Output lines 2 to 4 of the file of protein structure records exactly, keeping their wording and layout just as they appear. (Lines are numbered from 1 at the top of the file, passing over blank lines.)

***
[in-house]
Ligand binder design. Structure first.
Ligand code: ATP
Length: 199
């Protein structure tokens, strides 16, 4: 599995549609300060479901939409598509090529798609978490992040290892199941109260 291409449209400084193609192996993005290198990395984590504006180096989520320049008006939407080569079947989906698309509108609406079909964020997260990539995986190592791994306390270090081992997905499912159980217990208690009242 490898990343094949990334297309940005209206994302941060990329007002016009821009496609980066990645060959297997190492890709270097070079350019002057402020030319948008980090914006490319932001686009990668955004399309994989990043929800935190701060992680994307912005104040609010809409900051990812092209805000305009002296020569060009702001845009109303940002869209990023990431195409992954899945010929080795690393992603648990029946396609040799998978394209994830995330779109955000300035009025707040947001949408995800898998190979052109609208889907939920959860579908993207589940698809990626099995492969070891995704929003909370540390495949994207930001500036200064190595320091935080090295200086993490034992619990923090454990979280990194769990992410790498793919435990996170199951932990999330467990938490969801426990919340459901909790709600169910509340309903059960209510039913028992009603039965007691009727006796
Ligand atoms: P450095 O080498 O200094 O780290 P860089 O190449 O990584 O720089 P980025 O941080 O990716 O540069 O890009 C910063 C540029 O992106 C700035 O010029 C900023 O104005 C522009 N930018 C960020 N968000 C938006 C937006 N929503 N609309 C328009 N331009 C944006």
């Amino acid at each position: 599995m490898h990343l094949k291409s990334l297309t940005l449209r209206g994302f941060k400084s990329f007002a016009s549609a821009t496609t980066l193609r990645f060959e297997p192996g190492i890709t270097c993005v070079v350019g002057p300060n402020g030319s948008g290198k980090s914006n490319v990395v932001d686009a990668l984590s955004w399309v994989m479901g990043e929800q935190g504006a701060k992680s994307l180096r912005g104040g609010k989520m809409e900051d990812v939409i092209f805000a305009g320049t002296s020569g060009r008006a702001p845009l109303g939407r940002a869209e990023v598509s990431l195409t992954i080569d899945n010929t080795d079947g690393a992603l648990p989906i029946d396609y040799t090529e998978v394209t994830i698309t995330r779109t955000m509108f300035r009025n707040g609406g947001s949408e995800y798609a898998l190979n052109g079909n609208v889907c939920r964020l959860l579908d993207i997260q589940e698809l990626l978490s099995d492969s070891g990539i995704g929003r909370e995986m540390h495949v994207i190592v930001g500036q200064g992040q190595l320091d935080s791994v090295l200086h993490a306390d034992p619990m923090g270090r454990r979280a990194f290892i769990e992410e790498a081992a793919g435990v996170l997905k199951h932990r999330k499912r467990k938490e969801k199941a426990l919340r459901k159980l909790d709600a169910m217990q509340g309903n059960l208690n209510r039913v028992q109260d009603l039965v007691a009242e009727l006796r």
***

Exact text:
Ligand binder design. Structure first.
Ligand code: ATP
Length: 199